Divers search for missing girl in Maine

Divers searched a half-mile stretch of the Kennebec River for now 21-month-old Ayla Reynolds on Wednesday.

Story highlights

  • Police spokesman: "As the days go on, our concern grows"
  • "We've ruled out no scenario. We've ruled out no one," he says
  • Divers wearing special suits brave frigid temperatures
  • Ayla Reynolds has been missing since mid-December
Divers in Maine were scouring a river Wednesday in their search for a missing 21-month-old girl, but had found no sign of her in the frigid waters, authorities said.
"We're making progress. I can tell you honestly that as the days go on, our concern grows, as it's been 26 days. But I can also tell you that we remain hopeful that we will bring her back to her home," Maine Department of Public Safety spokesman Steve McCausland told reporters.
The search for Ayla Reynolds focused Wednesday on a half-mile area of the Kennebec River that stretches from downtown Waterville to the Carter Memorial Bridge. Officials said they had received more than 600 tips, but nothing that specifically pointed to that area.
The river still has open water despite air temperatures in the teens.
Divers in special suits to protect them in the frigid waters rotated in and out of the river, which was around freezing temperature, Maine Warden Service Lt. Kevin Adam said.
Police are searching for 21-month-old Ayla Reynolds.
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"The water is clear. When the sun is out, they can see 4-6 feet. ... We picked today because the weather's good and it was the most efficient time to do it," he said.
The search for the little girl is in its fourth week. Police have said they suspect foul play in the case.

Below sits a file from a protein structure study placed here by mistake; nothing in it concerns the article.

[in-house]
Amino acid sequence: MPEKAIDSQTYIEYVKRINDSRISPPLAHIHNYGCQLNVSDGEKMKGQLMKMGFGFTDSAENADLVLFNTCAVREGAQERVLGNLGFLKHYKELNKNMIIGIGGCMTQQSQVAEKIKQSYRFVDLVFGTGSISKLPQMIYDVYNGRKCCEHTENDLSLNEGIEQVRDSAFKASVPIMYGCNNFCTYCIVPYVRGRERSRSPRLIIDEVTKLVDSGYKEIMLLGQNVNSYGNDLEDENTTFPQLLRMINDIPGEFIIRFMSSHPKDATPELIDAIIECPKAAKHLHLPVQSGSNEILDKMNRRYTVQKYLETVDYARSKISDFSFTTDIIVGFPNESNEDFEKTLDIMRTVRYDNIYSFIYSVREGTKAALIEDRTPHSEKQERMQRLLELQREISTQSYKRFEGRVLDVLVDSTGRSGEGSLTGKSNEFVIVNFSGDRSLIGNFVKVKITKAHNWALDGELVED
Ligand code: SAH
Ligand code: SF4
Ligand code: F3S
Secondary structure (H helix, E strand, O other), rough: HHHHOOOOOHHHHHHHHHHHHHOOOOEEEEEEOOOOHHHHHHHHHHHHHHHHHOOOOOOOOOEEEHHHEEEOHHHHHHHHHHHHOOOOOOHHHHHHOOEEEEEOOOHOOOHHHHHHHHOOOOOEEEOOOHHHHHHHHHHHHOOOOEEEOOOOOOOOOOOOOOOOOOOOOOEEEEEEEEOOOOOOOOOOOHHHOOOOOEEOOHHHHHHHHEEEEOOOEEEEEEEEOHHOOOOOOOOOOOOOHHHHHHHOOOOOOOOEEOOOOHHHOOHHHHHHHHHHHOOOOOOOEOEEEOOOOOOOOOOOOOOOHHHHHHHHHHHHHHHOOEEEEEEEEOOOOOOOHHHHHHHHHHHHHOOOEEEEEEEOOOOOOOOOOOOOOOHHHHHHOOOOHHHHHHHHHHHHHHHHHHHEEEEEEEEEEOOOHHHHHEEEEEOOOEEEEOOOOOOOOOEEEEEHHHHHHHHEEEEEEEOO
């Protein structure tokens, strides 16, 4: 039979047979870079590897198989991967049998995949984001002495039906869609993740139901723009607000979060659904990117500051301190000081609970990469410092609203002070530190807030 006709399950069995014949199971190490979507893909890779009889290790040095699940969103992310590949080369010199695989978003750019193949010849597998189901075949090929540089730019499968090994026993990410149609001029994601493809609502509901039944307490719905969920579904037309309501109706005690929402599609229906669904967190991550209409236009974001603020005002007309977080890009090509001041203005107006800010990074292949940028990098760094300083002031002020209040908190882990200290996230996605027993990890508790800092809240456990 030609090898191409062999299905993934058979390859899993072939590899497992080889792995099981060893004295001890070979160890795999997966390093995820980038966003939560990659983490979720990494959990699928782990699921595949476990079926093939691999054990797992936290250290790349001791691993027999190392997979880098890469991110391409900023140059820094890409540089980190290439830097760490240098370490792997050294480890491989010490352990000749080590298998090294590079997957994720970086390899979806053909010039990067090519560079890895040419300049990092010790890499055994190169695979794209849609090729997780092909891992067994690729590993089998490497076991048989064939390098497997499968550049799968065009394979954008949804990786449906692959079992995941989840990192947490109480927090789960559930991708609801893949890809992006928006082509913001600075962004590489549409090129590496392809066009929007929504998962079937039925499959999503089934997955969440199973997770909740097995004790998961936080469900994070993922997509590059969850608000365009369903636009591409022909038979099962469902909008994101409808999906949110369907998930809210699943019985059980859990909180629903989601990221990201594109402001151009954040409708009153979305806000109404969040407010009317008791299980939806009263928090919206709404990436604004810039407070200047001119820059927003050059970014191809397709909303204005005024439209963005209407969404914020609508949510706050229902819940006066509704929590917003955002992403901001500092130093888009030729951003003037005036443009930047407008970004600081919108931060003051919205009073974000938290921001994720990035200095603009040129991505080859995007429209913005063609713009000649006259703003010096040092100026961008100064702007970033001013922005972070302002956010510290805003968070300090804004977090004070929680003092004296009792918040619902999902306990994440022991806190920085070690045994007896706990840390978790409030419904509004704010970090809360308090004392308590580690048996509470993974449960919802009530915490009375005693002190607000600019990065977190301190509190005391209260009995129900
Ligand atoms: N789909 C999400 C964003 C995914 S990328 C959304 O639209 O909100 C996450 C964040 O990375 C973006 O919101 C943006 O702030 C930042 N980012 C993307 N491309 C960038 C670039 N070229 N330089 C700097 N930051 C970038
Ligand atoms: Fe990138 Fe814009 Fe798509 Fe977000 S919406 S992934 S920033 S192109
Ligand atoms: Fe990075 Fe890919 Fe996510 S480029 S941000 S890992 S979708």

"All we know is that Ayla's missing. We've ruled out no scenario. We've ruled out no one. And we're not going to get into investigative details," McCausland said Wednesday.
He described the search as the most intense investigation Maine's state police had been involved in for two decades.
Ayla's parents are not married and don't live together. Her mother recently completed rehab, family members said. Investigators said both families have cooperated with police.
The little girl's father, Justin DiPietro, said he put his daughter to bed at 8 p.m. December 16 and called police the next morning just before 9 a.m. to report her missing, according to authorities.
DiPietro's mother, Phoebe DiPietro, told CNN she wasn't at the home the night Ayla disappeared. But she said she fully supports her son, who has said he "would never do anything to harm" his daughter.
She said she just wants her Ayla returned unharmed.
"I'd give everything I owned if we can have her back," she said last week, her voice breaking.